Have you ever seen depictions of dragons, basilisks or serpents wrapped around ships on old maps?
These illustrations were used by cartographers in medieval times to denote dangerous or unexplored territories.
The world was still terra incognita at the time. For the men who drew them, these mythological sea creatures marked the edge of the world as they knew it.
Sailors would recount (no doubt drunken) stories of real creatures, warped by their fear and a lack of understanding of them. Their sightings became the source for many writers and illustrators.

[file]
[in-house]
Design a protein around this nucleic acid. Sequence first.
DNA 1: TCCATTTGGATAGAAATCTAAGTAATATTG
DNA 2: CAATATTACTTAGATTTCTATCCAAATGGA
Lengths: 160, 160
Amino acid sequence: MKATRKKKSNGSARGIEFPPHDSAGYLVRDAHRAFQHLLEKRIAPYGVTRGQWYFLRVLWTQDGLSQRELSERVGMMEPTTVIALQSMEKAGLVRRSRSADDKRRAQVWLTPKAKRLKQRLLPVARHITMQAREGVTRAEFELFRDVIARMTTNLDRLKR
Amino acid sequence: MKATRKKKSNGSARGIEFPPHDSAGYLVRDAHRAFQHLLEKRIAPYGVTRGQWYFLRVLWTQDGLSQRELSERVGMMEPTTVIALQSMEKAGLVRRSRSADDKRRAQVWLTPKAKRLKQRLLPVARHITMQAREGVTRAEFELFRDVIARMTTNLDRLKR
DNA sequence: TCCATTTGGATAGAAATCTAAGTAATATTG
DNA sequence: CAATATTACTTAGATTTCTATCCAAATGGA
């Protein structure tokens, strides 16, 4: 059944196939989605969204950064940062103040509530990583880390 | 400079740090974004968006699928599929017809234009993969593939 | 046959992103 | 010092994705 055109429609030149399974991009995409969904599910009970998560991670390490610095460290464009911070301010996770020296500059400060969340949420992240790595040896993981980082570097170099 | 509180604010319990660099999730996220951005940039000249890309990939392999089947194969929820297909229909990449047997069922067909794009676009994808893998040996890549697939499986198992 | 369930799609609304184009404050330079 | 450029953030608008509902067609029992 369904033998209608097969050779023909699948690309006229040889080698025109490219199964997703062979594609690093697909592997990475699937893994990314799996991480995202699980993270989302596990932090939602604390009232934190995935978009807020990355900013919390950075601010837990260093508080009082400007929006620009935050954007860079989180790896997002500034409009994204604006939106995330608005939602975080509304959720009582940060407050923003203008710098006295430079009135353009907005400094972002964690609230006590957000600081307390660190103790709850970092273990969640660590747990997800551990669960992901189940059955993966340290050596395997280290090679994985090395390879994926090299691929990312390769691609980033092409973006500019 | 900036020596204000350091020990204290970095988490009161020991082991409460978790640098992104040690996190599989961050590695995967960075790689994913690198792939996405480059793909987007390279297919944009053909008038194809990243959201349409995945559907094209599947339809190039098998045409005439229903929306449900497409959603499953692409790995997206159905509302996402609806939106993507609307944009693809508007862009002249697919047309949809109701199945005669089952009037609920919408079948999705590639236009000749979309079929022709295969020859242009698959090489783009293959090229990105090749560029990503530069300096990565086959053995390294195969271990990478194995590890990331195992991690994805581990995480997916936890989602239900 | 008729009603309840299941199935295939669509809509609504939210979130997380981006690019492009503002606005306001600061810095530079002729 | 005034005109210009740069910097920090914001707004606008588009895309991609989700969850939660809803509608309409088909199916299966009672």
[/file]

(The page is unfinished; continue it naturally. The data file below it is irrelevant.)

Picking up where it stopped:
There was a belief that every terrestrial animal had an equivalent in the ocean, so their descriptions were based on animals which they had seen on land, combined with fish - sea dogs and sea pigs were commonly seen!
These hybrid and whimsical imaginings start to disappear from maps at the end of the 17th Century, as people’s perception and understanding of the oceans improved.
Fact gradually replaced fiction.